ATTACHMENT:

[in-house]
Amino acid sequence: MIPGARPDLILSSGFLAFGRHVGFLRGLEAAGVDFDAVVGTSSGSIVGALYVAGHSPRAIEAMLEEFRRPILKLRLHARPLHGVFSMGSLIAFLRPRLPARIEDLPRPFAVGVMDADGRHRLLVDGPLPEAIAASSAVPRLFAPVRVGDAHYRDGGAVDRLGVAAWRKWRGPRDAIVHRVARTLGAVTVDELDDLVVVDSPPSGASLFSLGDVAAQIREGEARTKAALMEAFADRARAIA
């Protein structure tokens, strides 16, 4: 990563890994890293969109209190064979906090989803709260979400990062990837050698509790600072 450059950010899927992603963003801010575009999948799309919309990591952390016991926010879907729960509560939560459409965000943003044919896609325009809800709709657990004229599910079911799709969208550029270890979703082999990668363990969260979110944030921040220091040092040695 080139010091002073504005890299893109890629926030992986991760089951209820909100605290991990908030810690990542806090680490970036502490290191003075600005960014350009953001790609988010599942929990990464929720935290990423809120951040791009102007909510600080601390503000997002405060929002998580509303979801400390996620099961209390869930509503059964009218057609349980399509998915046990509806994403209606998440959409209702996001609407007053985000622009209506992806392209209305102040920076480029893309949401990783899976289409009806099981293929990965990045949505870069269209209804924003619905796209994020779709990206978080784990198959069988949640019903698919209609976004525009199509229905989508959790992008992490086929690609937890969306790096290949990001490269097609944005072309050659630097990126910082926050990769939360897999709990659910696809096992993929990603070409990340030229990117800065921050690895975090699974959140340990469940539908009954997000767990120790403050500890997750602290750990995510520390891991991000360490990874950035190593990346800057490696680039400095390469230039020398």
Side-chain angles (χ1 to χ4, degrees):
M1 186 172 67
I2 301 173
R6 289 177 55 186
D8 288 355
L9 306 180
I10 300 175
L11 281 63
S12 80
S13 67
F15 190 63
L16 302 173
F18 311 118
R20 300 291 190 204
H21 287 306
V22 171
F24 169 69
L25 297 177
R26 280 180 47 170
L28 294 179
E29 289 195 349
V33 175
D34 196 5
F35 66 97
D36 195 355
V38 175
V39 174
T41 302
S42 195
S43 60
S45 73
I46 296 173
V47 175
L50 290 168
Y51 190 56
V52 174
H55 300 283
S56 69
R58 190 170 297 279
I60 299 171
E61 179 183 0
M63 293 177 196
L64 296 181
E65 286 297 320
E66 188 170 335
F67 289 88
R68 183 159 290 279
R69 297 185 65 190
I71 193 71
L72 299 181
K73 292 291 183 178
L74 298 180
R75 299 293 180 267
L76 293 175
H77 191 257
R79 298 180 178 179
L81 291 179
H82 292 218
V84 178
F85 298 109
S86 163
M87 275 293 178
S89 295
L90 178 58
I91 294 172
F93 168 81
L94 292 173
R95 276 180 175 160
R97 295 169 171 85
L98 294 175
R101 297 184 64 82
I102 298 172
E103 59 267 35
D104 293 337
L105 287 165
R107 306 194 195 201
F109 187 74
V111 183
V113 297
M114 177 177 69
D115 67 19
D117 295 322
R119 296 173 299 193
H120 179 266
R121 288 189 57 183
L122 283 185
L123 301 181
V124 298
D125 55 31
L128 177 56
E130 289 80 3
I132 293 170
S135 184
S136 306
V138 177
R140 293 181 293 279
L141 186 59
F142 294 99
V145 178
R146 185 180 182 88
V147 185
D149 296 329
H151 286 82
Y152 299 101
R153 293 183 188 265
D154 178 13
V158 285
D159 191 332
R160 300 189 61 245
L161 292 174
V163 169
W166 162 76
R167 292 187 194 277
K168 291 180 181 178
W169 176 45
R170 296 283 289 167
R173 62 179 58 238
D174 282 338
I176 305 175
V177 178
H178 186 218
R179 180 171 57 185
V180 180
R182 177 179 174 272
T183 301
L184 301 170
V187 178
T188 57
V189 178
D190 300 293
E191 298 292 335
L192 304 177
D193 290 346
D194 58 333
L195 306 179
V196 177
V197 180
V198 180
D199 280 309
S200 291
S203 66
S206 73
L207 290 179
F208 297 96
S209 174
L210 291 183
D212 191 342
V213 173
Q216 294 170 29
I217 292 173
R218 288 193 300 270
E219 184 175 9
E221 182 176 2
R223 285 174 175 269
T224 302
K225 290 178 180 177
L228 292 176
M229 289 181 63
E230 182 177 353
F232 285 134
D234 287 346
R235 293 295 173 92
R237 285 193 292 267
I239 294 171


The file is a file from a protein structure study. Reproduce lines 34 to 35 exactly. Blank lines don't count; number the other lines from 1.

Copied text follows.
S45 73
I46 296 173